Question 3: How do we handle hot questions?

In Uncategorized by Robin Maguire

I’ll never forget our final conversation.

Jessie and I had been friends from my first year in college. We met after I had transferred in from another school and been assigned to the same floor. We hit it off immediately. We both loved REM, science fiction/fantasy, and playing long, intense board games. Yes, we were geeks. One thing separated us: I was a dedicated Christ-follower. Jessie was an agnostic (or atheist, depending on his mood).

Over the next three years, Jessie and I maintained contact. As we moved into different dorms and majors, we drifted a bit. But we always maintained a connection. I genuinely enjoyed his friendship. I also hoped the Lord would open his heart to the Gospel. That never happened. This did:

We were in our final semester and knew we would be heading in different directions. Jessie had majored in art. I had doubled in religion and philosophy. There were a few months left in our final semester. I think we were looking at one of Jessie’s art projects. It was epic. As we talked, he asked, “So, do you really think that I’m going to hell for not believing in Jesus?”

I took a breath. I think I answered something like, “Well, I believe that faith in Jesus is the only way to be saved.”

Silence.

“Man, that’s messed up,” he replied. “I respect your beliefs. I don’t judge you. How can you think that about me? I don’t know how we can really be friends.”

Honestly, the rest of the conversation is kind of a blur. I don’t believe it ever got heated. Neither of us was defensive nor offensive. Jessie had just come to the conclusion that we had mutually exclusive convictions about the most important issue in life. For him, that meant we couldn’t be friends anymore.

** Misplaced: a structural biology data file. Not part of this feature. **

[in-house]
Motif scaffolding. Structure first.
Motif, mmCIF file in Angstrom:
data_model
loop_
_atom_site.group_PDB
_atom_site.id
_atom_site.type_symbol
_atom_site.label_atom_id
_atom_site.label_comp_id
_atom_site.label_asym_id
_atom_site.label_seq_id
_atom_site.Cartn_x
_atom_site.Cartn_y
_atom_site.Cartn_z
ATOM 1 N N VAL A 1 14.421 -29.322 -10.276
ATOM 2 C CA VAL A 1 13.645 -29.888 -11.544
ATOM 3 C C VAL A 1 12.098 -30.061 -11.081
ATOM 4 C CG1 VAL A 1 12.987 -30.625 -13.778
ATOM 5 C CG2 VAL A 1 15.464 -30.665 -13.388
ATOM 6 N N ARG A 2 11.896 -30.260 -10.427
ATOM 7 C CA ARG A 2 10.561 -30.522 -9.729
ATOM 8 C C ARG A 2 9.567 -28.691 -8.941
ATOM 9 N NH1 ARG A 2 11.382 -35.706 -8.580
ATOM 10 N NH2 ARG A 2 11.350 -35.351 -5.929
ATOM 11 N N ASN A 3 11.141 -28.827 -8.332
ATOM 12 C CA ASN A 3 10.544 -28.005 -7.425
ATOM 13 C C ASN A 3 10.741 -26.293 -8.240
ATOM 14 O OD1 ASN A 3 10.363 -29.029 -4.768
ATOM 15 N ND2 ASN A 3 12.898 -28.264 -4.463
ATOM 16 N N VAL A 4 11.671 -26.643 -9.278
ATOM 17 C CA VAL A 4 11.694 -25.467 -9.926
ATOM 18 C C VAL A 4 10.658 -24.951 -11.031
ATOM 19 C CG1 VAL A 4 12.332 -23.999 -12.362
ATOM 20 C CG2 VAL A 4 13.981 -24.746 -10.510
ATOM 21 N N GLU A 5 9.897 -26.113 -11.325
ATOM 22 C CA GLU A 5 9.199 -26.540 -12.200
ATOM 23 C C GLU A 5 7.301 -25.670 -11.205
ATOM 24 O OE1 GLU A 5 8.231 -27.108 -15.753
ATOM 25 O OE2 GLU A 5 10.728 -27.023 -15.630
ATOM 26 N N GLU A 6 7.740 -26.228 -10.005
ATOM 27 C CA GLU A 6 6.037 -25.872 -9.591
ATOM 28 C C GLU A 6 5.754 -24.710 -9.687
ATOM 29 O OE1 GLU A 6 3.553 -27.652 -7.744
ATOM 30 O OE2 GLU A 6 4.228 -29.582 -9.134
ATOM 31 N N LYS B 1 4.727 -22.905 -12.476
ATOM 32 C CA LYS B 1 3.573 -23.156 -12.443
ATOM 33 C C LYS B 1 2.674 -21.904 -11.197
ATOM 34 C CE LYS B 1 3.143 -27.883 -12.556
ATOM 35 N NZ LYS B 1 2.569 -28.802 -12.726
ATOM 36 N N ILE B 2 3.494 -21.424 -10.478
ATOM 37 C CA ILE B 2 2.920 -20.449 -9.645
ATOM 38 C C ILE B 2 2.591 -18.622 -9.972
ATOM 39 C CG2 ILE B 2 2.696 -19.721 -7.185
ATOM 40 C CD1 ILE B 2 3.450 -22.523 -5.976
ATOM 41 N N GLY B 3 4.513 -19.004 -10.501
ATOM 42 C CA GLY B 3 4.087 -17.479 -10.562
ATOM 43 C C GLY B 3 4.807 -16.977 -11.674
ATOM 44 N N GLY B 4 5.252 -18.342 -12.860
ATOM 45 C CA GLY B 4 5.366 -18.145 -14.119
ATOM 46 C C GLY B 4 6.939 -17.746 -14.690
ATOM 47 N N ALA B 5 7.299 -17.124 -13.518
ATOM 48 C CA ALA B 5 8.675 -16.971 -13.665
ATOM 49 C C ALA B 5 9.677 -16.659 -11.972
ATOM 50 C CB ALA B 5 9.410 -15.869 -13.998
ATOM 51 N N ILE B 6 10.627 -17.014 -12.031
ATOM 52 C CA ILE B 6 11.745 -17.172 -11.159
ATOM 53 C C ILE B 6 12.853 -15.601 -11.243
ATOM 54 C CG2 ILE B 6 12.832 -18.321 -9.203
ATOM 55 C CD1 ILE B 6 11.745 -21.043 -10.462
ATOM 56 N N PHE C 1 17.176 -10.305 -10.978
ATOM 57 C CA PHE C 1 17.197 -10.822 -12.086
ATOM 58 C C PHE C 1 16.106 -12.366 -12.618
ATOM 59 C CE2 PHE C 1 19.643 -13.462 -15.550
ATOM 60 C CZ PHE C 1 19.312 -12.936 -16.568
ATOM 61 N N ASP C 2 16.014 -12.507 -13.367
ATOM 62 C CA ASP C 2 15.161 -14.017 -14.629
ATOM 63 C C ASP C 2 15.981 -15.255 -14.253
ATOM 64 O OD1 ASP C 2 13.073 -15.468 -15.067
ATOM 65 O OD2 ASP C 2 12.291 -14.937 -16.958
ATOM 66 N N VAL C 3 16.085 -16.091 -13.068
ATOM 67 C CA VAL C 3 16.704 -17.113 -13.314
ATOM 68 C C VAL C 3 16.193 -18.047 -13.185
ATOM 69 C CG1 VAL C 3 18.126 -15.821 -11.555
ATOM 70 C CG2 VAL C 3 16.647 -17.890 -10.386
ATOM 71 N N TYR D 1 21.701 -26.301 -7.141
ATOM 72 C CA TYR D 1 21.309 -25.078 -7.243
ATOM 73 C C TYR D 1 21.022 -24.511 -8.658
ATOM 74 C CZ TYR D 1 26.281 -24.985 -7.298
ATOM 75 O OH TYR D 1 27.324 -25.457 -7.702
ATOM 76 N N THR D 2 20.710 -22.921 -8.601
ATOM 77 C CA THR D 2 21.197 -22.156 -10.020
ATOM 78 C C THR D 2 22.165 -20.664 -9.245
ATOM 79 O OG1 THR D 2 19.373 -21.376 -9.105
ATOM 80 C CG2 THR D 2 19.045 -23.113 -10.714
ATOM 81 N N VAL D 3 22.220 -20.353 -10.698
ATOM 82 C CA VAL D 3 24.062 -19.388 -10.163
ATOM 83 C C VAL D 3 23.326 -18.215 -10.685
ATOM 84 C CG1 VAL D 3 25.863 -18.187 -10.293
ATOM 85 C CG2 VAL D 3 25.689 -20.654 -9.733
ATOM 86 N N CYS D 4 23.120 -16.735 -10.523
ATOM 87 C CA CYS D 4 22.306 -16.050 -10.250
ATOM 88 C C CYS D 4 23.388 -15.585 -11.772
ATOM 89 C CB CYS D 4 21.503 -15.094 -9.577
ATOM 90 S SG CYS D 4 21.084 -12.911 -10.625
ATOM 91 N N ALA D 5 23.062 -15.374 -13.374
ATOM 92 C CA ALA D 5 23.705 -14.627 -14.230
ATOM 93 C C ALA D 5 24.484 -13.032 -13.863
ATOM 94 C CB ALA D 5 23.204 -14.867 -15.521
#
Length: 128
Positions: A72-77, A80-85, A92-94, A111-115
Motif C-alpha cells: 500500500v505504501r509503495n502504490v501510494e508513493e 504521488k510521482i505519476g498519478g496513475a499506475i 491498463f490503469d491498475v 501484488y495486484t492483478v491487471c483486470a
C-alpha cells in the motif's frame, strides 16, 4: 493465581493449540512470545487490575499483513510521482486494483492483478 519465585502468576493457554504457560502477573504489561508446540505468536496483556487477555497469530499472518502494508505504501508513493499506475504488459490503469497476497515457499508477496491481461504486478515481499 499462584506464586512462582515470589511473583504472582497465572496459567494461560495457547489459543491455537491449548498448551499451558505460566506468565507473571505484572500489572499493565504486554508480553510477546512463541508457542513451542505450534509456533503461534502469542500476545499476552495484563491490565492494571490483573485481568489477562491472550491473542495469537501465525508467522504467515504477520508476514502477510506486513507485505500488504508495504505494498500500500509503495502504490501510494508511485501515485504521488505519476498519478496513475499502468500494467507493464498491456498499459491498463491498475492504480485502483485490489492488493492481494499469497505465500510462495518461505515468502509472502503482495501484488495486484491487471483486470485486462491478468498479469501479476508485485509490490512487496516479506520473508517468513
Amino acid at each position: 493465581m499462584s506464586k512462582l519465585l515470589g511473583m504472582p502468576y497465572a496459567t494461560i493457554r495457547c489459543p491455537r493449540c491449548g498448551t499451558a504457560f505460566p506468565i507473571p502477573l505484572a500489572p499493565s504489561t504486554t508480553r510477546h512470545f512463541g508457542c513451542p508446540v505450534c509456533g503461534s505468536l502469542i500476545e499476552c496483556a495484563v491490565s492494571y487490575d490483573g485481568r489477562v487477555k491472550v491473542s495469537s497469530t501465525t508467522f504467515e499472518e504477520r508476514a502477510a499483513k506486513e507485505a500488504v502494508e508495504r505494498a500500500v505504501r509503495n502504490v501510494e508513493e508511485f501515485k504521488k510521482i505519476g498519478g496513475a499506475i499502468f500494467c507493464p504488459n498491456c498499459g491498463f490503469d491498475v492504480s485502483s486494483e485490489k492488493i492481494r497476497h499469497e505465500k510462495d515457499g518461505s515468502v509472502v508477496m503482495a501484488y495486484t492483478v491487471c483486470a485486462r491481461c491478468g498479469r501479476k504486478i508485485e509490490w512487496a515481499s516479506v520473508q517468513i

I have wondered where he is many times.

Salvation and eternity is one example of a hot topic. There are many. Last month, we specifically addressed the question of politics. In reality, political disagreements are often just the outer layer of much deeper issues. Political convictions are usually born out of a set of moral convictions which are typically connected to deep, personal commitments. The so-called, SOGI issues (sexual orientation, gender identity) are perhaps the hottest of the hot topics. But others abound: climate change, immigration, religious pluralism, abortion, pornography, etc.

The apostle Paul knew all about difficult conversations. He wrote these words to the Colossian church to help them navigate such interactions:

Devote yourselves to prayer, being watchful and thankful. And pray for us, too, that God may open a door for our message, so that we may proclaim the mystery of Christ, for which I am in chains. Pray that I may proclaim it clearly, as I should. Be wise in the way you act toward outsiders; make the most of every opportunity.  Let your conversation be always full of grace, seasoned with salt, so that you may know how to answer everyone (Colossians 4:2-6, NIV).

We can draw a few principles from this text to help us deal with hot topics: